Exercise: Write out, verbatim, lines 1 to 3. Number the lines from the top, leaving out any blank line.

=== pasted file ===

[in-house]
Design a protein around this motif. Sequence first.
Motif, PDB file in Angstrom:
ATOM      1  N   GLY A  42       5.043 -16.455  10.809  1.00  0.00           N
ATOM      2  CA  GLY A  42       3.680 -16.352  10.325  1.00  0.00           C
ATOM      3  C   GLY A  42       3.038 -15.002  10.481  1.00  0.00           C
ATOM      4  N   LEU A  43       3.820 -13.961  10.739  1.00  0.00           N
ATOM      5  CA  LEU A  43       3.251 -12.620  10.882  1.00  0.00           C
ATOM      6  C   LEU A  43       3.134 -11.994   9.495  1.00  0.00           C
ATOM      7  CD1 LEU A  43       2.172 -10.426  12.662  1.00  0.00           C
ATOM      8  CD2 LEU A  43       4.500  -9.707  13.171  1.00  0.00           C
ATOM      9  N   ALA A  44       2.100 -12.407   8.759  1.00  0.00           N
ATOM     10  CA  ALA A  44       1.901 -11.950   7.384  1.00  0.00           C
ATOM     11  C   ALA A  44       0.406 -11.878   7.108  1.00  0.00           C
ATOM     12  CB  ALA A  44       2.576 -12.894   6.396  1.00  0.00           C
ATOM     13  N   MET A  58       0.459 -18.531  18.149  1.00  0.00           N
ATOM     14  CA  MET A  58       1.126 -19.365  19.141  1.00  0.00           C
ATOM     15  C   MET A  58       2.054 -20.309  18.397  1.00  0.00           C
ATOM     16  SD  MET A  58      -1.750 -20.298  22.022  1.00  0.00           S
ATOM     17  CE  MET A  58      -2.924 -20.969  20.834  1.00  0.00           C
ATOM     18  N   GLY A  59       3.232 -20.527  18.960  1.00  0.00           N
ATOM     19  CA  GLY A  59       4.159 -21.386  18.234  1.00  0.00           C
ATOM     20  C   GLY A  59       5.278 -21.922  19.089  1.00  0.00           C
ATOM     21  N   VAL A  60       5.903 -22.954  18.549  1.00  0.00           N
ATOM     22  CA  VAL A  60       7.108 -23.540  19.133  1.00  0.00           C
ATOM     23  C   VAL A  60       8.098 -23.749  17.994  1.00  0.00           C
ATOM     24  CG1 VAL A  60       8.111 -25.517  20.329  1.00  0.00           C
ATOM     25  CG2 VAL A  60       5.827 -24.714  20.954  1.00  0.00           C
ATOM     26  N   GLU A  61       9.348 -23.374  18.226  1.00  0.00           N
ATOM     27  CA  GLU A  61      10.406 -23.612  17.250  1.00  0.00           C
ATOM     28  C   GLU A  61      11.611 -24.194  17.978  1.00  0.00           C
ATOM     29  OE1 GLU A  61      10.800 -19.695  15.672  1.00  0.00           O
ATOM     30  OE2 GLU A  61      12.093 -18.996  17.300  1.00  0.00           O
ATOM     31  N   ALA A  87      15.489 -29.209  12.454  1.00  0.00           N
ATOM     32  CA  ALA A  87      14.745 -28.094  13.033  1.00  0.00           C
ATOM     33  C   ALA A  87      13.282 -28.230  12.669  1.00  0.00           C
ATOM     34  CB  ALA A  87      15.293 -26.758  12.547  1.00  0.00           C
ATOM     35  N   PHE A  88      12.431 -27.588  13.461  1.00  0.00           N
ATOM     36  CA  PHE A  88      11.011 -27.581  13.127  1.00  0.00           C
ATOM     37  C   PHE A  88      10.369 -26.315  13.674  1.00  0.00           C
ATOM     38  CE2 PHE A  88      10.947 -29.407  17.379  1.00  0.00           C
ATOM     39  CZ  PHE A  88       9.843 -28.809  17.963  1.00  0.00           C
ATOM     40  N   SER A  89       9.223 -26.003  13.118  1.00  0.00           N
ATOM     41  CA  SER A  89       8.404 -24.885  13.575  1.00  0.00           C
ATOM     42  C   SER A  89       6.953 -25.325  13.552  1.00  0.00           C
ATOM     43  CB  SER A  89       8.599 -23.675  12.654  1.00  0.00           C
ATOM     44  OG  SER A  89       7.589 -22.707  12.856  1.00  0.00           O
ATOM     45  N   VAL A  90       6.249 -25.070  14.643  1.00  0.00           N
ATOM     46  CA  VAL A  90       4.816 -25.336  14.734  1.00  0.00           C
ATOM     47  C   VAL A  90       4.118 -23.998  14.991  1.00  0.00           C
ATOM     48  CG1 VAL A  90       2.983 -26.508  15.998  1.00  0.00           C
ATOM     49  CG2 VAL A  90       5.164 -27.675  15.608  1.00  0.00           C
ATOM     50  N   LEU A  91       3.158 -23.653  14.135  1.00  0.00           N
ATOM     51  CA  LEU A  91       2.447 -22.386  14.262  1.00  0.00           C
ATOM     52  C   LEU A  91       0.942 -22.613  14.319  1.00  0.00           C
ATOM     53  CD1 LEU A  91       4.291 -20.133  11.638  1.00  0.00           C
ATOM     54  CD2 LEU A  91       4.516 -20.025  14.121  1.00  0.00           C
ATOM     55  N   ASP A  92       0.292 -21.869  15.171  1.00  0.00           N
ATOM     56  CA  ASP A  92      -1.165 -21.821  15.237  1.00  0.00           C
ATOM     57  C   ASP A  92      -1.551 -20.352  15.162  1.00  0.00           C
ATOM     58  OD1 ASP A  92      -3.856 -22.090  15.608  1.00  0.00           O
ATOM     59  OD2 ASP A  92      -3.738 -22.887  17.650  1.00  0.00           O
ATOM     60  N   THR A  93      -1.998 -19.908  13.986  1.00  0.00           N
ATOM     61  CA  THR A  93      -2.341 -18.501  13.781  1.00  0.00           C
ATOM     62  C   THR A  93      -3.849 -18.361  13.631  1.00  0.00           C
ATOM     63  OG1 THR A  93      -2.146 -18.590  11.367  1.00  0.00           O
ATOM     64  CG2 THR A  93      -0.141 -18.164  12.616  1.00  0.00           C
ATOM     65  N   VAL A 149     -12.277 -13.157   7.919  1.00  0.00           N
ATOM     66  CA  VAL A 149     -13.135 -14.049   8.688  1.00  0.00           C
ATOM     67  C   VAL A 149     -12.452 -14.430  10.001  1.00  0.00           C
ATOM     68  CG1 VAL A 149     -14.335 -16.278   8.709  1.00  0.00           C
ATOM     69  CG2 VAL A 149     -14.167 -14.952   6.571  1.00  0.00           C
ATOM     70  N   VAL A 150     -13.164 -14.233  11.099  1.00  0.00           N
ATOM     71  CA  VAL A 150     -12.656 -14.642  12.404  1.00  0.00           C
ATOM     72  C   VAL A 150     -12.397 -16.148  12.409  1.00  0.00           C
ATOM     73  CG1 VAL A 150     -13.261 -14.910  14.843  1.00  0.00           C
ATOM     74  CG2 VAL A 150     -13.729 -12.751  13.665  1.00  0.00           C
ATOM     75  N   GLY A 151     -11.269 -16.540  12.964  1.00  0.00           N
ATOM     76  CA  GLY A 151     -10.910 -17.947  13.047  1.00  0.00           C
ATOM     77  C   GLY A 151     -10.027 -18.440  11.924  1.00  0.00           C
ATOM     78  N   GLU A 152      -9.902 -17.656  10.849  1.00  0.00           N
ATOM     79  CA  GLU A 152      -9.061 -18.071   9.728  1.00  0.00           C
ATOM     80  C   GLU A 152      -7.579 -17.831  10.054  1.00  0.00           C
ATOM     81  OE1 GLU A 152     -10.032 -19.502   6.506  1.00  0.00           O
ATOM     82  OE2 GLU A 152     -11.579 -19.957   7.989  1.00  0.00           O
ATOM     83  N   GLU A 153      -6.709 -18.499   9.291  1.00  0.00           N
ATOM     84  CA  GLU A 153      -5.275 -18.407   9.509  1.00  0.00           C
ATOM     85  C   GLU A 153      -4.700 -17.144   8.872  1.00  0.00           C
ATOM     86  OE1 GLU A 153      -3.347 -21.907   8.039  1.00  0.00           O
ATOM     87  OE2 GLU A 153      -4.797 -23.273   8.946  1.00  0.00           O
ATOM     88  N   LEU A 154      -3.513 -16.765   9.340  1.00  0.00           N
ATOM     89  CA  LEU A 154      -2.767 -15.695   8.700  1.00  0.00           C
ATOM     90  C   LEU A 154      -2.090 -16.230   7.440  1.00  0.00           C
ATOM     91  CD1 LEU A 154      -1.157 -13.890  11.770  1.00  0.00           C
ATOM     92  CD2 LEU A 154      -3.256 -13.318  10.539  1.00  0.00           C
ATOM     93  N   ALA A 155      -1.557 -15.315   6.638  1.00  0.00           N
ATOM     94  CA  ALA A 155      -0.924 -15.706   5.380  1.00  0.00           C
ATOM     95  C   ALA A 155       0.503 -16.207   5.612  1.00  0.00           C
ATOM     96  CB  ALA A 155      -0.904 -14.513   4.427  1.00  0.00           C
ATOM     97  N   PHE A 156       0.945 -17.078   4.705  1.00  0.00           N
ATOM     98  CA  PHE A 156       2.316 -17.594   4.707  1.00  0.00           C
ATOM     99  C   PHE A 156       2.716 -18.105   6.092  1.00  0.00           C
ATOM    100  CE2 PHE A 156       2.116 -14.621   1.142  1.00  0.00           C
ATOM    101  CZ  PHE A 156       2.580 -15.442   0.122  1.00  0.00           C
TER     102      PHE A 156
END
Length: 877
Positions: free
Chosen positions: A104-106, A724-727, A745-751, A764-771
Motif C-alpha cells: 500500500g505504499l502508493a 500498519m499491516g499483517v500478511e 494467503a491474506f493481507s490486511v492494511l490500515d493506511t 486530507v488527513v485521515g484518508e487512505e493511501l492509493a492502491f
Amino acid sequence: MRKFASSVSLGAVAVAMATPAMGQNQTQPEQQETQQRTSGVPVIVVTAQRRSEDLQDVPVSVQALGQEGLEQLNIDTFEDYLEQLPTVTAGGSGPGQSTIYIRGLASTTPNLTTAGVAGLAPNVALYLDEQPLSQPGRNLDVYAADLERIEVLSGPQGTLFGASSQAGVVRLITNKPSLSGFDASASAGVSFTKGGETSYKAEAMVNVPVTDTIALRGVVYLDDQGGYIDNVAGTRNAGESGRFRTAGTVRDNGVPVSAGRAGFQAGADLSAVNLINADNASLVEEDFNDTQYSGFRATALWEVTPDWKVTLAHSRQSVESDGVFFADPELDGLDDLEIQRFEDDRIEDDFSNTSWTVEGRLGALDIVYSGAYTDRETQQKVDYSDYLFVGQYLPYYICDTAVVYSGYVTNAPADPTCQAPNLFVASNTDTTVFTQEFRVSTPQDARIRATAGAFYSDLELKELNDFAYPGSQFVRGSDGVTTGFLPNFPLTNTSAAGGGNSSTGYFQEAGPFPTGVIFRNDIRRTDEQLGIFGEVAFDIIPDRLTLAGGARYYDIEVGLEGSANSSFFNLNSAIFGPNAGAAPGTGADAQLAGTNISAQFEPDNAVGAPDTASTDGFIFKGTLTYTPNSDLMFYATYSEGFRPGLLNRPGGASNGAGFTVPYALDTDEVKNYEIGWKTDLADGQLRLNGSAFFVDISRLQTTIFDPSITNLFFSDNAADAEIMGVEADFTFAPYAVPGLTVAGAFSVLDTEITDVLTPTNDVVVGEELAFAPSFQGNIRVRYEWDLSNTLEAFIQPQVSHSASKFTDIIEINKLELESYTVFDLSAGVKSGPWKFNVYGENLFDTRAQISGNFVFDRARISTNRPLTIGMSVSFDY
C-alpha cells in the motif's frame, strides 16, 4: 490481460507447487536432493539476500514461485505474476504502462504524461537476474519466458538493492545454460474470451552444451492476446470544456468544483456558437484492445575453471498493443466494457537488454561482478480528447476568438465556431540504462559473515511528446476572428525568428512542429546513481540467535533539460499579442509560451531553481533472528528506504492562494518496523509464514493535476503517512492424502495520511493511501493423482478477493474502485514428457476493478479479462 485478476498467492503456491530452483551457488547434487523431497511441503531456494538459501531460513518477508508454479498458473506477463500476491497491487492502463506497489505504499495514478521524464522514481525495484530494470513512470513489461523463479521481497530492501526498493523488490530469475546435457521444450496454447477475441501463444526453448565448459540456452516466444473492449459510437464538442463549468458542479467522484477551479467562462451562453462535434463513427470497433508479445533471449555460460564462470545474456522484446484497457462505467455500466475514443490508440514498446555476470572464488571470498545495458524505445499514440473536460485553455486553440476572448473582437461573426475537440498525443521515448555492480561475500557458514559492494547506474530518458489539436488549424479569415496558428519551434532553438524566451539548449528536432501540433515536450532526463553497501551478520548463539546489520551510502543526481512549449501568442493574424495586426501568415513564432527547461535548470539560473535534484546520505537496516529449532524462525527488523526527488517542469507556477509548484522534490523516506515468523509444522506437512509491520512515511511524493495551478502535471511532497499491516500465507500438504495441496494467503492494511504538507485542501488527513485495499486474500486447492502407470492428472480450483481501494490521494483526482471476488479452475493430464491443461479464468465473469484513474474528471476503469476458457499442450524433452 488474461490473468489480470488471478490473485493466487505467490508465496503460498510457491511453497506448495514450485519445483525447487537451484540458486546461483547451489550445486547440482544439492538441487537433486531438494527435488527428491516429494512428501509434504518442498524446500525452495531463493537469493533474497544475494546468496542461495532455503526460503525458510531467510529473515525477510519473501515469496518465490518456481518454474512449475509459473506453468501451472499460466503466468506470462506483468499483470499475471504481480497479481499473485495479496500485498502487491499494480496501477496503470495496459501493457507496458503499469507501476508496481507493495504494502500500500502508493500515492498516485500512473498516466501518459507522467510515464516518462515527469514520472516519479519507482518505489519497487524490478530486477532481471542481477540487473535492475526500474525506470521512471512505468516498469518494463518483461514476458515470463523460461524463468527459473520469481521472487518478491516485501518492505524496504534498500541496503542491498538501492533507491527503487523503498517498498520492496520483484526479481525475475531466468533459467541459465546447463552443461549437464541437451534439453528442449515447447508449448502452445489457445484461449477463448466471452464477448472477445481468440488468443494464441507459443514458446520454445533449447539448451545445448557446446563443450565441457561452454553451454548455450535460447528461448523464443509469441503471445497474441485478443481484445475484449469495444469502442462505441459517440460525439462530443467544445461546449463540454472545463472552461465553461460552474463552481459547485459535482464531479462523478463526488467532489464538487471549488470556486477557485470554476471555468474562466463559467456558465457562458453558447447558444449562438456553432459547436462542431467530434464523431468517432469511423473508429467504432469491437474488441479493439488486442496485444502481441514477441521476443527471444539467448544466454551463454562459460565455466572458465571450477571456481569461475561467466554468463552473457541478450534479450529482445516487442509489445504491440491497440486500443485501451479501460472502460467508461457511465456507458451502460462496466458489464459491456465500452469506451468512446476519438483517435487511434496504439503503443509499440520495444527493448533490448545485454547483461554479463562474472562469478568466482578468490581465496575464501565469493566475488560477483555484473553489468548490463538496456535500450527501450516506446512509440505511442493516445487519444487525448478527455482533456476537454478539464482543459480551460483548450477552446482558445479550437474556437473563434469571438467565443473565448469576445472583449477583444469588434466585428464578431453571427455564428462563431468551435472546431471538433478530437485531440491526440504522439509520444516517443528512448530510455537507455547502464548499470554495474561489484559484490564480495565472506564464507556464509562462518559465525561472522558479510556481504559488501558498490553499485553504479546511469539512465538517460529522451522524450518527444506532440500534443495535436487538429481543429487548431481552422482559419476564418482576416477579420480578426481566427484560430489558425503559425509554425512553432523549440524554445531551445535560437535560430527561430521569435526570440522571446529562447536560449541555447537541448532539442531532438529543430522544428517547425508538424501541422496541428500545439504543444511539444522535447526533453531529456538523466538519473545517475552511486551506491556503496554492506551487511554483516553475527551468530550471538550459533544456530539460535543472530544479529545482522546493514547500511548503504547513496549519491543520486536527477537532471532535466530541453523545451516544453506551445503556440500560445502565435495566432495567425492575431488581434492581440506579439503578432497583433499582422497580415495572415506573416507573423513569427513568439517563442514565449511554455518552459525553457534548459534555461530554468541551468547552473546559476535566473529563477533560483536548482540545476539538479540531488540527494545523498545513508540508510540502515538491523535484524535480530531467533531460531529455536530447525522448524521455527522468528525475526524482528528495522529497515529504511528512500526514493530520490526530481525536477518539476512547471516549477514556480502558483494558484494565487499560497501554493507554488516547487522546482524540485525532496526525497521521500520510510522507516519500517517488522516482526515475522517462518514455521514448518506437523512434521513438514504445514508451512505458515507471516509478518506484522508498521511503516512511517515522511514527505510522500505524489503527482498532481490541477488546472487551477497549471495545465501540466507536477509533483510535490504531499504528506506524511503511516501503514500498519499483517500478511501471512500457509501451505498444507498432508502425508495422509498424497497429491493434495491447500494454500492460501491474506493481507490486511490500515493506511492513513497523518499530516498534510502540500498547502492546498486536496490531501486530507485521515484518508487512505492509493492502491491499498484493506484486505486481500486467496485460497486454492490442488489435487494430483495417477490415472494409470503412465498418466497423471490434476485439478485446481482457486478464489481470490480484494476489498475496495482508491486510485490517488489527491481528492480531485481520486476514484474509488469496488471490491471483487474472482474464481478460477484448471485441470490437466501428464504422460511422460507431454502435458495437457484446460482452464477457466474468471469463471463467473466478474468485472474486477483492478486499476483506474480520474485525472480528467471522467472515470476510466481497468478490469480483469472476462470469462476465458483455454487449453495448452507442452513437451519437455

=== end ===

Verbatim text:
[in-house]
Design a protein around this motif. Sequence first.
Motif, PDB file in Angstrom: